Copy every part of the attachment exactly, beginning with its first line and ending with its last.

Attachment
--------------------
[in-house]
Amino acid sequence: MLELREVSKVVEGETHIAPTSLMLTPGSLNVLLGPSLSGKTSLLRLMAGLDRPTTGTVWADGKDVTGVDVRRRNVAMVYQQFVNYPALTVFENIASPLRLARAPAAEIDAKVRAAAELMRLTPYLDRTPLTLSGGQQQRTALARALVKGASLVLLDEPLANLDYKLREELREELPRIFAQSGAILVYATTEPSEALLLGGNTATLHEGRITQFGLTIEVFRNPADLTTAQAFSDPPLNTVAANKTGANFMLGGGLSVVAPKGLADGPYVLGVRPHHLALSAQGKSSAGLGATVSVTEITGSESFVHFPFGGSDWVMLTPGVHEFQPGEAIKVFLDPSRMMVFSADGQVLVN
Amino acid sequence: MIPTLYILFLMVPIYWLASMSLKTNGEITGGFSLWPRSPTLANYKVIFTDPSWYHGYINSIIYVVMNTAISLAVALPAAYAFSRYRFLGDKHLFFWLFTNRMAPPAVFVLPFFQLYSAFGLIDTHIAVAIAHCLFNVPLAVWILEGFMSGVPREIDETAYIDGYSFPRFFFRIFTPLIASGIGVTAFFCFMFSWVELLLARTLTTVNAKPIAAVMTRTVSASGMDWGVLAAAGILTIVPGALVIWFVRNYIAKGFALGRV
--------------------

[in-house]
Amino acid sequence: MLELREVSKVVEGETHIAPTSLMLTPGSLNVLLGPSLSGKTSLLRLMAGLDRPTTGTVWADGKDVTGVDVRRRNVAMVYQQFVNYPALTVFENIASPLRLARAPAAEIDAKVRAAAELMRLTPYLDRTPLTLSGGQQQRTALARALVKGASLVLLDEPLANLDYKLREELREELPRIFAQSGAILVYATTEPSEALLLGGNTATLHEGRITQFGLTIEVFRNPADLTTAQAFSDPPLNTVAANKTGANFMLGGGLSVVAPKGLADGPYVLGVRPHHLALSAQGKSSAGLGATVSVTEITGSESFVHFPFGGSDWVMLTPGVHEFQPGEAIKVFLDPSRMMVFSADGQVLVN
Amino acid sequence: MIPTLYILFLMVPIYWLASMSLKTNGEITGGFSLWPRSPTLANYKVIFTDPSWYHGYINSIIYVVMNTAISLAVALPAAYAFSRYRFLGDKHLFFWLFTNRMAPPAVFVLPFFQLYSAFGLIDTHIAVAIAHCLFNVPLAVWILEGFMSGVPREIDETAYIDGYSFPRFFFRIFTPLIASGIGVTAFFCFMFSWVELLLARTLTTVNAKPIAAVMTRTVSASGMDWGVLAAAGILTIVPGALVIWFVRNYIAKGFALGRV